I got a request from one of my readers to share a few tips about writing.
One of the most overused lines that writers say in response to this is: just write and write and write.
That it is overused is no reason to dismiss it though, because it is true. Writing is a skill honed by constant practice. However, one who constantly practices wrongly will soon become an expert at doing the wrong thing (and thinking it’s right). For example, I was at this restroom and I saw a sign that said, “No Smoking On Premises.”
Some poor deluded soul thought that was wrong and changed “On” to “In.” He thought he was making a correction but what he did was mess up a sign that was grammatically correct to begin with.
Anyway, the point is not just to write and write, but also to find some way of getting meaningful feedback. You may ask friends to read your writing and give their comments, but most friends will usually be too polite to point out your errors, or they may not have the proper skills to evaluate your work (i.e. you may already be a better writer than they are).
The better thing to do is to look for mentors who can evaluate your work and give you good advice on how to improve. They may be former teachers or other writers whose work you admire (and who will consent to reading some of your work).
If you like a certain writer’s style, you can try to emulate or imitate that style. Over the years, I’ve had numerous writers who have been great influences on how I write. At the beginning, I blatantly copied their style until I found my own rhythm and voice. Note that I am talking about style, not about copy-pasting what they wrote, like a certain senator we all know and love (to trash).
Write in white heat. Edit in cold blood. I learned that from my English teacher, mentor and fellow columnist, Rene Lizada. Writing is a two-step process, but do not mix the two processes. Do not edit in the heat of writing. You may miss out on some great ideas because you were too busy polishing this or that sentence. The first draft is called exactly that because your work doesn’t have to be immaculate the first time around — that is, unless you are trying to beat a deadline (like I’m doing right now).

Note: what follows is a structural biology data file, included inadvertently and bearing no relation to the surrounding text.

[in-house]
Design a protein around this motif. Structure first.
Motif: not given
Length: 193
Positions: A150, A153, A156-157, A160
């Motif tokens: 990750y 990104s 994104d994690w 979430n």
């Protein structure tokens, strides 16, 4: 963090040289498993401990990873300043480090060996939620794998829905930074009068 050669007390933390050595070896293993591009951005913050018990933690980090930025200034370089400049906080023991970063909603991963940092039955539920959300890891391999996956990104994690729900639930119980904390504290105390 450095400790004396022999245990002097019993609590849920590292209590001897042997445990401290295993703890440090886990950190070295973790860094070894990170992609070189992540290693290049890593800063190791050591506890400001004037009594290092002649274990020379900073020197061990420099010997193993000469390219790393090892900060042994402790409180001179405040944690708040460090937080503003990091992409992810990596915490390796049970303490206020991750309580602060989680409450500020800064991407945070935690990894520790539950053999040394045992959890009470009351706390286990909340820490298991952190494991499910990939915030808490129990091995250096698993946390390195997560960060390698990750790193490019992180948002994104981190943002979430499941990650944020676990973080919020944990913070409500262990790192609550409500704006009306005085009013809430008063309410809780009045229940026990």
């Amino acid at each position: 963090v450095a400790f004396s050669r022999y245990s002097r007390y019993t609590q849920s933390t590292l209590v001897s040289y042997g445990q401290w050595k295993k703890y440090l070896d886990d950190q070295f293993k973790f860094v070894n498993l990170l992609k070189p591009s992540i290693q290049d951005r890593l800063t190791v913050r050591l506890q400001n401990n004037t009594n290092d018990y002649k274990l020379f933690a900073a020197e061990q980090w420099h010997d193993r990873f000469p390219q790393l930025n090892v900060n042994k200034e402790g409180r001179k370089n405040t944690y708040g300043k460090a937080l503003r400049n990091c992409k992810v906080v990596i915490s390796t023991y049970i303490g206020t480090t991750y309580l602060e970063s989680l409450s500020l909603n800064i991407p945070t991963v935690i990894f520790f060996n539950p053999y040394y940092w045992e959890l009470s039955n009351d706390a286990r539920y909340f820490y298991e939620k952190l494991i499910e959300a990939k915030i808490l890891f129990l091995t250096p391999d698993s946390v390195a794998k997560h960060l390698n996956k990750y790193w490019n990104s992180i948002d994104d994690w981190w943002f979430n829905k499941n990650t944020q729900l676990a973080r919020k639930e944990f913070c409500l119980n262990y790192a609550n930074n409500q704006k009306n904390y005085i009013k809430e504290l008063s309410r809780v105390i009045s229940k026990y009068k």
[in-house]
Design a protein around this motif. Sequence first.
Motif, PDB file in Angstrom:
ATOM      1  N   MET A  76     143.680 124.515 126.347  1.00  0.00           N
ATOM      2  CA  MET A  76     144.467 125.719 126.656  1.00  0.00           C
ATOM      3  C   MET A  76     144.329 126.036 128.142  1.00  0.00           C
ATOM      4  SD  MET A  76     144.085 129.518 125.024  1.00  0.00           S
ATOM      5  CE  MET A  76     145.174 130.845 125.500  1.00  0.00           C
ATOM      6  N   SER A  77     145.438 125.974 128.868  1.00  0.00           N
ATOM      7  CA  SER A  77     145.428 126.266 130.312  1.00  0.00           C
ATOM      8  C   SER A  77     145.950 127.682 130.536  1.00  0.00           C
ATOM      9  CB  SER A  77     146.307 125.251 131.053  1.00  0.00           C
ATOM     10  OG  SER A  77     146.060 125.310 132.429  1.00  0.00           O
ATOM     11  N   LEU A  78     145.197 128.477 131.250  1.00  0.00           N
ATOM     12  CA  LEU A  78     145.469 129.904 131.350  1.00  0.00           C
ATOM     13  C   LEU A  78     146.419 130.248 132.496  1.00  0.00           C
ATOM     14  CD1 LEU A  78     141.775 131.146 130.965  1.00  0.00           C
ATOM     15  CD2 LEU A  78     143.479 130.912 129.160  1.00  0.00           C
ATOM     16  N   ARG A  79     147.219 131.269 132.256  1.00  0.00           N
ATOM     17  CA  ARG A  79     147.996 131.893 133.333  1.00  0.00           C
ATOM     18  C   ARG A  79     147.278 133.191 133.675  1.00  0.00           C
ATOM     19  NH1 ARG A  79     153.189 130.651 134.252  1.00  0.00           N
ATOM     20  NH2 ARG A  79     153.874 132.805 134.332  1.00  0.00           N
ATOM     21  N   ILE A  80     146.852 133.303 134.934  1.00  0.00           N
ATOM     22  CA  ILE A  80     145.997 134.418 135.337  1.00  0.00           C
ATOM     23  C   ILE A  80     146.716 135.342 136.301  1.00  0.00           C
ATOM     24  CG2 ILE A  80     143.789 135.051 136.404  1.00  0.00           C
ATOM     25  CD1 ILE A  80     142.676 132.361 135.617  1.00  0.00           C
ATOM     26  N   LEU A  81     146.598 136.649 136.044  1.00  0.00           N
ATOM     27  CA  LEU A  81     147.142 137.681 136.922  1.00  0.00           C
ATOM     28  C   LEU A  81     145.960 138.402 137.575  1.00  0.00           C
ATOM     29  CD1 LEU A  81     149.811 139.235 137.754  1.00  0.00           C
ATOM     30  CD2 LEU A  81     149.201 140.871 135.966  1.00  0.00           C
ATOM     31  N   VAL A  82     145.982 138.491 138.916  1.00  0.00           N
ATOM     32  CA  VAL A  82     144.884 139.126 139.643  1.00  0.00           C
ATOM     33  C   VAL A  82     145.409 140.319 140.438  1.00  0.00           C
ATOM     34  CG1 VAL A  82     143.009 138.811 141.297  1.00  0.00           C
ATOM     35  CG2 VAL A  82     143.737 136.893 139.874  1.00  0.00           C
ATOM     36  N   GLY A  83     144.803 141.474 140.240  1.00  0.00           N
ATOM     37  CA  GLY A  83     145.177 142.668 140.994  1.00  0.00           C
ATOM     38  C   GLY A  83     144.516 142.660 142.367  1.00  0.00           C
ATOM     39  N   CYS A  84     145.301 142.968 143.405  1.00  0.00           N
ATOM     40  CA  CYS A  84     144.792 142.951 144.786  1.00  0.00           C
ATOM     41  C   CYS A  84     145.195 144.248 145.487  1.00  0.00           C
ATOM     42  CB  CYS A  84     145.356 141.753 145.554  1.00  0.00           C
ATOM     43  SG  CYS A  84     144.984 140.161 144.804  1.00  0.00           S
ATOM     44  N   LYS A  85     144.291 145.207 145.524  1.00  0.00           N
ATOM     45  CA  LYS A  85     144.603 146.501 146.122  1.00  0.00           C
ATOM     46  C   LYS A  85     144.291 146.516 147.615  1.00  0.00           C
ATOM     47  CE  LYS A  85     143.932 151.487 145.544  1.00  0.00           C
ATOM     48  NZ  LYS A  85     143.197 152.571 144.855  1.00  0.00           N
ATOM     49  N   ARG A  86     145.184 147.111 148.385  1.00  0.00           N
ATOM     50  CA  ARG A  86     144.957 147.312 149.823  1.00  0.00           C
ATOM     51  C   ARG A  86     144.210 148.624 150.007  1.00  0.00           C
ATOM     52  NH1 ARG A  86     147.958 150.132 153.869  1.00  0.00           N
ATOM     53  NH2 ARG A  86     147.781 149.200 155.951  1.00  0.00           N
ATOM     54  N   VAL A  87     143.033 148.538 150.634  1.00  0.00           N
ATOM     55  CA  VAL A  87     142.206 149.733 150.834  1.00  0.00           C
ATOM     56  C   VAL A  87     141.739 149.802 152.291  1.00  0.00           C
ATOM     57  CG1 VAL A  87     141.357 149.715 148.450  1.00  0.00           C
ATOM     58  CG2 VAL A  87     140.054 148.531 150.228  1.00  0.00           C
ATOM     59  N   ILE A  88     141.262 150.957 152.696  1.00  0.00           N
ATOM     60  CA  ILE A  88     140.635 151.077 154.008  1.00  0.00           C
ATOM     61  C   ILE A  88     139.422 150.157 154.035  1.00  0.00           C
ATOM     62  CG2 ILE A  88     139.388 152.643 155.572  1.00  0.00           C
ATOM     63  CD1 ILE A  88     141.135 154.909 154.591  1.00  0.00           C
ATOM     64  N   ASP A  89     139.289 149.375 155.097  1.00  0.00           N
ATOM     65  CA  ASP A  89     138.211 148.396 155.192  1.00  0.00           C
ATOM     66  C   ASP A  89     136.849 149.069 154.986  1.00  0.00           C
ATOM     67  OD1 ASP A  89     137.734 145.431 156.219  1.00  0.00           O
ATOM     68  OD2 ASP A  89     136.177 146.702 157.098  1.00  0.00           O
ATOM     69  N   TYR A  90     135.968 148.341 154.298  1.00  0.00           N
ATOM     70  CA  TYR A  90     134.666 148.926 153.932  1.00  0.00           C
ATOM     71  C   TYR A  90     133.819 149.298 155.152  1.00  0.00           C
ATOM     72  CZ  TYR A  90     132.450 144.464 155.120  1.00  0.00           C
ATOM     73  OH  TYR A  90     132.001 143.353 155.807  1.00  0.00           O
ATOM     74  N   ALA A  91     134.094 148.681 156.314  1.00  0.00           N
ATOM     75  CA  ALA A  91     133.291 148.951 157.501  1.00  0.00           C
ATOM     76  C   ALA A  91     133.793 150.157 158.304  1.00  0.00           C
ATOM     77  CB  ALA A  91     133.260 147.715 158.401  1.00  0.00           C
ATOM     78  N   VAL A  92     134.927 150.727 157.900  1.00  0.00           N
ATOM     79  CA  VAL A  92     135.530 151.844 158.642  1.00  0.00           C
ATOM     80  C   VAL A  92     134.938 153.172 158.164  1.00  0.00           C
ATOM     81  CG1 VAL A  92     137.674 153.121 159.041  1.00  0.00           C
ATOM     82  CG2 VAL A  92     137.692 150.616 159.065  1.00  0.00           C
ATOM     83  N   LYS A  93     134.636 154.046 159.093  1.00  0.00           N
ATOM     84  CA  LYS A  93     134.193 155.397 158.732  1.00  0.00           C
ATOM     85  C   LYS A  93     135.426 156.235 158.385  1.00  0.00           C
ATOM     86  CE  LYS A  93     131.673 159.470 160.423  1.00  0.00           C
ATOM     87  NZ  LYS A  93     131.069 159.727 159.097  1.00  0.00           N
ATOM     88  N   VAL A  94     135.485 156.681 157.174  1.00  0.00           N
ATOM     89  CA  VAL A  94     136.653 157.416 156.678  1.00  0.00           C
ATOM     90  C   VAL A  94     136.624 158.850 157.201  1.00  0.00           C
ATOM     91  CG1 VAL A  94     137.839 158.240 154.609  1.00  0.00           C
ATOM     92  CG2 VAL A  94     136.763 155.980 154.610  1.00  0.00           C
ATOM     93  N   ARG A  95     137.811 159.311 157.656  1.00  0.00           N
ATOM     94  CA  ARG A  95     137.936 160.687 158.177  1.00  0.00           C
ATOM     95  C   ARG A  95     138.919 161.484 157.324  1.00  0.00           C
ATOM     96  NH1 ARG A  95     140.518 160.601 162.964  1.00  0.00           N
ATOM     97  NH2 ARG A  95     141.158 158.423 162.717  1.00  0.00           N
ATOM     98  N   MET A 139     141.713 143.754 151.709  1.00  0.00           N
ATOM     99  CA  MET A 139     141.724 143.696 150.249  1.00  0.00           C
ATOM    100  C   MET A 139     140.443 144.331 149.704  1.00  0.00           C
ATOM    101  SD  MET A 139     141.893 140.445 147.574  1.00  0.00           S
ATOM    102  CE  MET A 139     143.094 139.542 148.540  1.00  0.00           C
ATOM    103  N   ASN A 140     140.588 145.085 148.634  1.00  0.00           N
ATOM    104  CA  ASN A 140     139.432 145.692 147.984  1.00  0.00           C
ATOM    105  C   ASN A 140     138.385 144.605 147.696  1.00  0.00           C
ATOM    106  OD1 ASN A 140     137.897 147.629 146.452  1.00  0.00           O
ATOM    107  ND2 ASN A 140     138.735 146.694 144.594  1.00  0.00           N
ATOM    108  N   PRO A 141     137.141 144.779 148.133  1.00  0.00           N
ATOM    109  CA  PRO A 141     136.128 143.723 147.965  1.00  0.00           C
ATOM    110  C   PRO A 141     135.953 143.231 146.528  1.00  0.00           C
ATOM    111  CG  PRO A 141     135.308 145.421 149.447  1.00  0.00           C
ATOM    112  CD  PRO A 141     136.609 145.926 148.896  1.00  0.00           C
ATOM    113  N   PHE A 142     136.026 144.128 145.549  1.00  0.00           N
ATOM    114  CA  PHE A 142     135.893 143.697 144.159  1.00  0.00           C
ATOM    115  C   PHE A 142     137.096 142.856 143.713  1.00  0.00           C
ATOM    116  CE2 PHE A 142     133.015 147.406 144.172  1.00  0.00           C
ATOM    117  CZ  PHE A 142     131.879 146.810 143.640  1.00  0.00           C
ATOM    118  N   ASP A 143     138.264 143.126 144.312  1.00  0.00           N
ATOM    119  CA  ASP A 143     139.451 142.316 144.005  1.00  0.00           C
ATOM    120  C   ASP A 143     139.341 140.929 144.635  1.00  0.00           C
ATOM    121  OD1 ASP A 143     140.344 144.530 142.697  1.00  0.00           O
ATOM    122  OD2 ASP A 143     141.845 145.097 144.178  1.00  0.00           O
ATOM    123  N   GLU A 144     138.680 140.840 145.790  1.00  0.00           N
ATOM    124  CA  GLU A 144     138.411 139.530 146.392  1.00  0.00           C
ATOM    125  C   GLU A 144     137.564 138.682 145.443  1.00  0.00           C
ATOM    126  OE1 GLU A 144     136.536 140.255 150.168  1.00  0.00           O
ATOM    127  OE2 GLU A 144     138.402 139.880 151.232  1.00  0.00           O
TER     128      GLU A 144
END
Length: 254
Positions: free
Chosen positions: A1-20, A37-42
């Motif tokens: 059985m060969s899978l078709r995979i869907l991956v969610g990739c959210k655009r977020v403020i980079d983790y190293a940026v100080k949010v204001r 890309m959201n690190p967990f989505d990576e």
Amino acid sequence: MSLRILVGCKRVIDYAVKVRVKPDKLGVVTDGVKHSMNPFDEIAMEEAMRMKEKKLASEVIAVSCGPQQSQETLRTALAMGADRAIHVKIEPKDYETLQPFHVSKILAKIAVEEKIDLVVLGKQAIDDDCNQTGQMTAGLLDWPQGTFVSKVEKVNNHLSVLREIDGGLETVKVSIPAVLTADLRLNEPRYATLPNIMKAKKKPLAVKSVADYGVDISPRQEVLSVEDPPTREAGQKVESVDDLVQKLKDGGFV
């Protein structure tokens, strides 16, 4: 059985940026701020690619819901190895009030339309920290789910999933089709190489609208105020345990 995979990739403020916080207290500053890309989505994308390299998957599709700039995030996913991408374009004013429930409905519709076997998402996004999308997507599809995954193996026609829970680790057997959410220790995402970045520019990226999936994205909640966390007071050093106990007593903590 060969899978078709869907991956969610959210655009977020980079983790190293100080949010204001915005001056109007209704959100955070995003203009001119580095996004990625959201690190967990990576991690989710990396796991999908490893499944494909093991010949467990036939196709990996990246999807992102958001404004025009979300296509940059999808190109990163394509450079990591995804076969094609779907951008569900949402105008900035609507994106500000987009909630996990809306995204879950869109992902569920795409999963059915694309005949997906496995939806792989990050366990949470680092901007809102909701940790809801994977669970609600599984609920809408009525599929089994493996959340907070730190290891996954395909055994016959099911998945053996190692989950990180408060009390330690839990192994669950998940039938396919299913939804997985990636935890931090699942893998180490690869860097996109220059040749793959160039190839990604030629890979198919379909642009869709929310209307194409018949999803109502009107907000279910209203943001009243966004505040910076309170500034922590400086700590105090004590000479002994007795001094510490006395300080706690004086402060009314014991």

But seriously, when you’re beginning to write, just write and let the ideas flow. Don’t worry too much about correctness or sentence structure and so on. You can come back later and give your work a more critical eye later. I wrote about this in a previous article called Free Writing.
Read The Elements of Style by Strunk and White. It’s a thin book published in 1959 that is still very relevant today. It is probably the best guide to writing well. A number of famous and bestselling authors swear by it. If you’re unconvinced, read Stephen King’s On Writing, which is another excellent piece of work. He will tell you exactly why you should go and read Strunk and White.
Two important lessons I got from that book are:
- Omit needless words.
- Write in the active voice.
If you do nothing else except apply those two to the next few pieces you write, your writing will improve by leaps and bounds (Of course, I am assuming that you don’t already do those consciously).
Lastly, seek to communicate, not to impress. Do not use three-syllable words when there is a one-syllable word that means the same thing. Do not use kilometric sentences when a couple of words will do. Being a good writer doesn’t mean that you can use words nobody else comprehends. Being a good writer means that people understand what you say, nothing more and nothing less.
“Don’t leave a mess. Leave a message.” — Michael Aun & Jeff Slutsky, The Toastmasters International Guide to Successful Speaking